SBD/March 7, 2012/Facilities

Oakland Trying To Keep Pro Teams By Approving Spending To Overhaul Coliseum Area

Plan allocates $3.5M toward stadium, other amenities around Coliseum
The city of Oakland "took an ambitious step" last night toward "overhauling the Coliseum area, in hopes of enticing the A's, Raiders and Warriors to stay," according to Carolyn Jones of the S.F. CHRONICLE. The City Council "unanimously approved spending $3.5 million on plans for a new stadium, hotels, conference center, shopping, entertainment and other amenities in the 750-acre area around the Coliseum." The money is "among the last of the city's redevelopment funds and will not come from the general fund." The project itself would be "privately financed." But the plans, which are due for completion in 16 to 18 months, "might be too late to keep the A's and Raiders, both of which see their Coliseum leases expire next year." Both teams have "complained for years they don't like sharing the Coliseum and have said they want their own, brand-new stadiums, in Oakland or elsewhere." The A's are "awaiting a ruling from Major League Baseball on whether they can move to San Jose, which is in Giants territory." The Warriors "appeared a little more swayed by Oakland's development plans." But Oakland-Alameda County Coliseum Board Chair Ignacio De La Fuente said that "no matter which teams stay in Oakland, they'll have to help pay for a new stadium if they still want one" (S.F. CHRONICLE, 3/7). In Oakland, Matt Artz notes with funds "unavailable to acquire land for a waterfront baseball stadium near Jack London Square, Oakland is hoping to draw private investors interested in transforming" the Coliseum site into a "modern sports and entertainment complex" (OAKLAND TRIBUNE, 3/7).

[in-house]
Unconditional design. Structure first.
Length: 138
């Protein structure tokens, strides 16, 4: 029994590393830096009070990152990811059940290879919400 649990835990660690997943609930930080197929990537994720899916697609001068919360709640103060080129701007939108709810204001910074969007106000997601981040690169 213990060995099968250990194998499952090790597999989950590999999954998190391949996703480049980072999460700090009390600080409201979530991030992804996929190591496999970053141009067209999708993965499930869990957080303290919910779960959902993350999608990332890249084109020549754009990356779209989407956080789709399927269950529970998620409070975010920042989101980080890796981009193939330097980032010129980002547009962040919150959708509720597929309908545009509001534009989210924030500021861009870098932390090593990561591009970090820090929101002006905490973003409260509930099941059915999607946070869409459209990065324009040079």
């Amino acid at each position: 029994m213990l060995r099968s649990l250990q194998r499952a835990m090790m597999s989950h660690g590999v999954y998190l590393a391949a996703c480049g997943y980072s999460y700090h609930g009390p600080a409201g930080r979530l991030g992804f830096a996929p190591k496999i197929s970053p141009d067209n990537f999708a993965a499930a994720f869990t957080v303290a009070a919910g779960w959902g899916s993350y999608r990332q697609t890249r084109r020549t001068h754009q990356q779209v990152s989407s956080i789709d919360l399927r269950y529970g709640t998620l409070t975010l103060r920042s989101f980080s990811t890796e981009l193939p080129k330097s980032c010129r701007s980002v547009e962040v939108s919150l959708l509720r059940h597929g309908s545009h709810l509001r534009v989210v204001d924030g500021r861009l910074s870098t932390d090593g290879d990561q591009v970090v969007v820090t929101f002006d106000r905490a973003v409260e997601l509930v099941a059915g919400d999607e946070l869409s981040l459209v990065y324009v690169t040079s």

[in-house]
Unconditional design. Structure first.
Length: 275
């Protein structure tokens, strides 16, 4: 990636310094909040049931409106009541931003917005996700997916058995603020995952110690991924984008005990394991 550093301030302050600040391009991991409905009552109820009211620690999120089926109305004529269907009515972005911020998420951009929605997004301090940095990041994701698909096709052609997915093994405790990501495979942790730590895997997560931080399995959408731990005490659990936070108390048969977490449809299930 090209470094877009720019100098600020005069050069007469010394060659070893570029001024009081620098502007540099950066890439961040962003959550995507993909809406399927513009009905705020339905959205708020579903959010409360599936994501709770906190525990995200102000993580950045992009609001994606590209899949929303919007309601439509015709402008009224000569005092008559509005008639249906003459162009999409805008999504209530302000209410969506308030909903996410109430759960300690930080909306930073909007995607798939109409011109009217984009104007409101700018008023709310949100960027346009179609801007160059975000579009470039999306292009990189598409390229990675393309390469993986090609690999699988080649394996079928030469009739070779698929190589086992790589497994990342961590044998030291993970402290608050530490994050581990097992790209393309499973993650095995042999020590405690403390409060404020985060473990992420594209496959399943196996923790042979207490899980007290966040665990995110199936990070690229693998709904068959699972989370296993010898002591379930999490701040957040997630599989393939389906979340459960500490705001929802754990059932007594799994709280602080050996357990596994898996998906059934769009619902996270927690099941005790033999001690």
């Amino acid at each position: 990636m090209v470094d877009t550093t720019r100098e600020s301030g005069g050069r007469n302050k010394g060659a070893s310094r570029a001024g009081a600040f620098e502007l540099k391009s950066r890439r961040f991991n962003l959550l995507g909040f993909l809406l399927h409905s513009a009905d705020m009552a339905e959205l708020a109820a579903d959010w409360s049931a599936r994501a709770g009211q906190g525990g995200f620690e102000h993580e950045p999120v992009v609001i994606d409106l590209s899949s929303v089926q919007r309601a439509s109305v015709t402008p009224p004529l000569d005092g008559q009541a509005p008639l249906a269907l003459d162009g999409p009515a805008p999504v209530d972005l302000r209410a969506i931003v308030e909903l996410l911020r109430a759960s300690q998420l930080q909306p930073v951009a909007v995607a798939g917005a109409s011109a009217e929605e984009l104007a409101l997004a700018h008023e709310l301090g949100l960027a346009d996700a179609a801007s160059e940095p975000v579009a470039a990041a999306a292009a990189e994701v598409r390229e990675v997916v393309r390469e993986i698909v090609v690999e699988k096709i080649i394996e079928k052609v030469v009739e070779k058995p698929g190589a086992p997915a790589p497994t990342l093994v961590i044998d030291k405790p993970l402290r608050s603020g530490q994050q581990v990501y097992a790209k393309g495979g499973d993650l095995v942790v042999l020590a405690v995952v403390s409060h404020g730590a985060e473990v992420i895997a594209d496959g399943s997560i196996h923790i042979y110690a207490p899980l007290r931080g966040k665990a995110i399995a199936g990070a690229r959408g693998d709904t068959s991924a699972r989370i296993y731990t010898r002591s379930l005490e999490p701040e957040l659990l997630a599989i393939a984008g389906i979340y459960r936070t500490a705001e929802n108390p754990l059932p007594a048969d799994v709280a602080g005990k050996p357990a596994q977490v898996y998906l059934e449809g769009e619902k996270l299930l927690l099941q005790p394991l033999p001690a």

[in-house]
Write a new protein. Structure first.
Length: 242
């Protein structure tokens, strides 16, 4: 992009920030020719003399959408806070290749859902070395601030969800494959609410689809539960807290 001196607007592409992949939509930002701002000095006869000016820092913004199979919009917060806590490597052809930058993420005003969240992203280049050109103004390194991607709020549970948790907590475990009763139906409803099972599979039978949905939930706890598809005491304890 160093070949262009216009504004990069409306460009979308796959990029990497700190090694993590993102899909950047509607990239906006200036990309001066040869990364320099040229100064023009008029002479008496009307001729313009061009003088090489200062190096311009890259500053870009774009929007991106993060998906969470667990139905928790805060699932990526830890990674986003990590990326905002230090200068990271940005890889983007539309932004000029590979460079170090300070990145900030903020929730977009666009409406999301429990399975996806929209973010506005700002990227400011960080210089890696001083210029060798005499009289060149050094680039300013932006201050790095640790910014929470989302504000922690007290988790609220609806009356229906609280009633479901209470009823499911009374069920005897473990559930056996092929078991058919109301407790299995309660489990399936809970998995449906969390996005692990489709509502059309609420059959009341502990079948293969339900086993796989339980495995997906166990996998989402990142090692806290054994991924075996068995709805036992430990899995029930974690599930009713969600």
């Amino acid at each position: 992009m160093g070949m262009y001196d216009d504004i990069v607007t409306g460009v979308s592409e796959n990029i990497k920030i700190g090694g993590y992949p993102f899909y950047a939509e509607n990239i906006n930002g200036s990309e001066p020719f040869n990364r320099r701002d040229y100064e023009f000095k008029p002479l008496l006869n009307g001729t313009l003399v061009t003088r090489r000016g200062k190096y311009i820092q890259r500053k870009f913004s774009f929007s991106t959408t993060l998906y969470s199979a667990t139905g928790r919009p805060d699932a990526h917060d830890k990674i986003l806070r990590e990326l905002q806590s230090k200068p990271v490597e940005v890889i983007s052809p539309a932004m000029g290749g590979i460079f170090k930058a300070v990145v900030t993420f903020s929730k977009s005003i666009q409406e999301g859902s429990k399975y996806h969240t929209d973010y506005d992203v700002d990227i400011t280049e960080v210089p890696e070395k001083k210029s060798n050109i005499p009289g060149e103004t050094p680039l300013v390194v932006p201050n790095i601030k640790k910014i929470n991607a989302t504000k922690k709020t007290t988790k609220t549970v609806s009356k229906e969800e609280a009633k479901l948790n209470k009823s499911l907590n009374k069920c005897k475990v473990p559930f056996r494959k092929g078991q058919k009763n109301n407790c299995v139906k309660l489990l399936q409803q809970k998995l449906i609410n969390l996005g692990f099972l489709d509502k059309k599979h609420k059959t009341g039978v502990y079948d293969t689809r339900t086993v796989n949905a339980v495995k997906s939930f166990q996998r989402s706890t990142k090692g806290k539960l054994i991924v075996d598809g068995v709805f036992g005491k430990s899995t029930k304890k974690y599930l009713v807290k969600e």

STILL UNDECIDED: An MLB official said Sunday that "no decision has been reached on the A's efforts to build a ballpark in San Jose." The source said, "Nothing's changed. The committee has been meeting. We were very surprised by (the New York Daily News story). No determinations have been made at all regarding the A's situation" (OAKLAND TRIBUNE, 3/5). In S.F., Henry Schulman wrote, "I’ve just been told by someone in the commissioner’s office that contrary to what a New York newspaper suggested yesterday, the A’s proposed move to San Jose is not on life support. And, it is not true that Commissioner Bud Selig and baseball owners have all but decided to uphold the Giants’ territorial rights to San Jose, which would preclude the A’s from going there" (SFGATE.com, 3/4). In N.Y., Bill Madden wrote the A's are "looking at another long, dreary season in Oakland" as Owner Lew Wolff "grows increasingly impatient" with Selig's "interminable delay in ruling on the Giants’ territorial rights to San Jose." Madden wrote there are two reasons "why Selig hasn’t ruled." The first is that the Giants' territorial rights to San Jose are "part of the MLB constitution" as a result of former A’s owner Wally Haas agreeing to cede them to the Giants in '89. The second is that even if Selig did "invoke his 'best interests of baseball' powers and allowed the A’s to move to San Jose, he probably doesn’t have the votes" (N.Y. DAILY NEWS, 3/4).
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